Haaretz, Jul 5, 2017

Palestinians walking on a Hebron street. Rabbi Michael Adam Latz of Minneapolis called the tour there Sunday “eye-opening and heart-wrenching.” Olivier Fitoussi

the last time he visited here, before Israeli settlers had set up a base in the city, he saw Palestinians moving around freely and businesses that were thriving. Perhaps because the last time he visited here, checkpoints manned by the Israel Defense Forces were not stationed at every corner. Perhaps because the last time he visited here, no streets or neighborhoods were declared off-limits to Palestinians. Or perhaps because during those visits, he was not greeted by rows upon rows of empty shops sealed shut by military order.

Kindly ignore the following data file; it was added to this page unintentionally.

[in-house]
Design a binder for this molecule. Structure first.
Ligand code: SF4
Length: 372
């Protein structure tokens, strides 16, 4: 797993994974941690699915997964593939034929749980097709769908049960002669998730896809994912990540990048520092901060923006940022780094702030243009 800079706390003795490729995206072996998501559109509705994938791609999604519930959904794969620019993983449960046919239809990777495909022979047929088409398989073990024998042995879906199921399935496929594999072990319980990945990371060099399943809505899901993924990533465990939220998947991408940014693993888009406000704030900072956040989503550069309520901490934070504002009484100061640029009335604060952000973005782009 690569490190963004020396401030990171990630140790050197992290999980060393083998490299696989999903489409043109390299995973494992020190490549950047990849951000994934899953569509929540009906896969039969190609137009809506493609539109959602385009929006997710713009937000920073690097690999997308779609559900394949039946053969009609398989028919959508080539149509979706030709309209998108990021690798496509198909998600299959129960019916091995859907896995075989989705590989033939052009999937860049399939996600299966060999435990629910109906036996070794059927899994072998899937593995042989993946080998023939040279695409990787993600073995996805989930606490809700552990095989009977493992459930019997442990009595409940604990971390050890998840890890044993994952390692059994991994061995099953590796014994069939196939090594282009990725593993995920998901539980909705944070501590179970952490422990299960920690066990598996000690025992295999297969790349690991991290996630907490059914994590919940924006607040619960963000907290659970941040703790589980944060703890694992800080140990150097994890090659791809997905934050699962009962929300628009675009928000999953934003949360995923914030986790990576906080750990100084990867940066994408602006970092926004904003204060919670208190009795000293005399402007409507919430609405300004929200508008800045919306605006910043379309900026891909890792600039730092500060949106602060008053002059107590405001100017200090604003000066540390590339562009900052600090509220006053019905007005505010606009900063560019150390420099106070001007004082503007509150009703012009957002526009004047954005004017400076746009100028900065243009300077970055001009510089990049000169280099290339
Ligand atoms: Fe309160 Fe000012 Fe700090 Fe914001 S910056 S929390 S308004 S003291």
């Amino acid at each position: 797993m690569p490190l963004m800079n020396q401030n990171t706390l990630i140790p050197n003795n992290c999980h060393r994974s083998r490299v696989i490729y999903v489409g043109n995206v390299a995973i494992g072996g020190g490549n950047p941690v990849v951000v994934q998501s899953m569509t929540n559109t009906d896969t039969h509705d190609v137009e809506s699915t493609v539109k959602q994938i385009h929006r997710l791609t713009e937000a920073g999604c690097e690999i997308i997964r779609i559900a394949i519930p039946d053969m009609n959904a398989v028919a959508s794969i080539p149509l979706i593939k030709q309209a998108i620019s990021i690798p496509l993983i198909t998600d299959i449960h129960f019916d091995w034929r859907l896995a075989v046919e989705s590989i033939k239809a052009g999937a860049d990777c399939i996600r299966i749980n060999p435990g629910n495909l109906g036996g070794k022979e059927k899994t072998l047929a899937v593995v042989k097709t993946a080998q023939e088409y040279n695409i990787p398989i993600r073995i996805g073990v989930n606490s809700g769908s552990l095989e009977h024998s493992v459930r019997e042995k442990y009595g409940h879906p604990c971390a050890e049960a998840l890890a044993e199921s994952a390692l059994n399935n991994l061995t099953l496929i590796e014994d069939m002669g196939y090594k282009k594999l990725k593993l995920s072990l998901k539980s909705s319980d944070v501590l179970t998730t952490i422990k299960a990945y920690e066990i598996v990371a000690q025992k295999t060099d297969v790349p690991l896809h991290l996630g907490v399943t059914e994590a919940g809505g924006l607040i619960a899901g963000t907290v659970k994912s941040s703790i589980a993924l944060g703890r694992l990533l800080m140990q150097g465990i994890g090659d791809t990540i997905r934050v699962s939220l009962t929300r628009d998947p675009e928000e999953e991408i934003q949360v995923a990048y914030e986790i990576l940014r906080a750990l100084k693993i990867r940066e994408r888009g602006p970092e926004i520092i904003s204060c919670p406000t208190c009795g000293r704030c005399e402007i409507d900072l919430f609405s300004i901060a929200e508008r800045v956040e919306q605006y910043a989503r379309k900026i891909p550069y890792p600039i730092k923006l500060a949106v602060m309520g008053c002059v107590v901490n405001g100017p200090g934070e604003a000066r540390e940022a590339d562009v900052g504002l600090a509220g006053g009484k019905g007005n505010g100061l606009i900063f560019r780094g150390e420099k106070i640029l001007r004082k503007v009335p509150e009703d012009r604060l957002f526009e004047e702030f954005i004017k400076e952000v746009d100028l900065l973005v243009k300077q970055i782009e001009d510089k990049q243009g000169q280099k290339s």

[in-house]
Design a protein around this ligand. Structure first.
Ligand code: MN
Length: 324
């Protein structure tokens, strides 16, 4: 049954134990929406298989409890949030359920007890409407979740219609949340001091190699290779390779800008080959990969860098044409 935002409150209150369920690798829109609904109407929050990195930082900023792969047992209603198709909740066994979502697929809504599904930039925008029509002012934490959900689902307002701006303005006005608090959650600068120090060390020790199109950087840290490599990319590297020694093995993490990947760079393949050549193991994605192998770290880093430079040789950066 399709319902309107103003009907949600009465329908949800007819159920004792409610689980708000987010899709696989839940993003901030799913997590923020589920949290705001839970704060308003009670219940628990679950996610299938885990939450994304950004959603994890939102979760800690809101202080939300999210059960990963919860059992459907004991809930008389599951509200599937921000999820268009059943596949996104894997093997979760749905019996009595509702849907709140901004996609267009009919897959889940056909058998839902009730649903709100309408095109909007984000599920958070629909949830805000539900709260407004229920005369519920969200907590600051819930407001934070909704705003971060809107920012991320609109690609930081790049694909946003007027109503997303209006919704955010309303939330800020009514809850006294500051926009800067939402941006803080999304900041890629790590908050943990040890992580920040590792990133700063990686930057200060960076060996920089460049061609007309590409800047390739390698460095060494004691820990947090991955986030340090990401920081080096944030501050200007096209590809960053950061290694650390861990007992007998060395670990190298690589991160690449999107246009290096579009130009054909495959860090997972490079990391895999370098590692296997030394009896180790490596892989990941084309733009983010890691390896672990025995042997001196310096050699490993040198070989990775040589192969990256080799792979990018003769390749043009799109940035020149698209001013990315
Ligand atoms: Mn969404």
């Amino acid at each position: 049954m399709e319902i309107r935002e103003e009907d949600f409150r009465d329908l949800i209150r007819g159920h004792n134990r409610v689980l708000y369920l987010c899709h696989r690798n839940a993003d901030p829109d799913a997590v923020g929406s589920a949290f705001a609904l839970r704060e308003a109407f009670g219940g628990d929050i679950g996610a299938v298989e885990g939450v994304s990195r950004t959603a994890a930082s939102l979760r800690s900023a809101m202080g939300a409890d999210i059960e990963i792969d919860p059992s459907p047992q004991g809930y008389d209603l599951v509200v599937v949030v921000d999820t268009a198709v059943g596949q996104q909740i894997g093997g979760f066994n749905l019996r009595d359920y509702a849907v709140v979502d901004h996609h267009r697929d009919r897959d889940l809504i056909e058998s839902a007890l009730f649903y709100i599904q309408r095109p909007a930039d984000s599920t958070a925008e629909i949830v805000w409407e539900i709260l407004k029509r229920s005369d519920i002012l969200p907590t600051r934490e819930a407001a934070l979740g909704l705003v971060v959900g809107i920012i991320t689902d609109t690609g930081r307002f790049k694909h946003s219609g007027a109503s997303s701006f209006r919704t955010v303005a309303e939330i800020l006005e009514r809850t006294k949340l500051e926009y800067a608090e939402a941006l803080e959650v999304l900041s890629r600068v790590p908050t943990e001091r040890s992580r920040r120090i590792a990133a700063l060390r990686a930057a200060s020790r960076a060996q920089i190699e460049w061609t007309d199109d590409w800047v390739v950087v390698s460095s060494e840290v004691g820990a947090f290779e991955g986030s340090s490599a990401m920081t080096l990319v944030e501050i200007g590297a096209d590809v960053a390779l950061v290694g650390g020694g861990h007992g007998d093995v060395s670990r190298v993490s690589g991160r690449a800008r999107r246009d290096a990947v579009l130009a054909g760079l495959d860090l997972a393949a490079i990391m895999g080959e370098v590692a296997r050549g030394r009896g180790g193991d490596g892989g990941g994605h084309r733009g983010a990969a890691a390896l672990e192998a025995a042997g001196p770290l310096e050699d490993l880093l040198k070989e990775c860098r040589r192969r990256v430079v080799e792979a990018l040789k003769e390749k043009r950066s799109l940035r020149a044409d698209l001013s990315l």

Before heading into Hebron, the bus makes a short detour to the nearby settlement of Kiryat Arba. By way of introduction, Bubis points out two sites that speak volumes about the mindset of the local settler population: a park named after Meir Kahane, the racist American-born rabbi whose political party was outlawed in Israel, and the burial place of Baruch Goldstein, a Jewish-American physician who lived in town and who, on the Jewish holiday of Purim in 1994, shot dead 29 Palestinians praying in the nearby Tomb of the Patriarchs.

The rabbis can hardly conceal their shock at the words inscribed on his tombstone: “His hands are clean and his heart is pure.”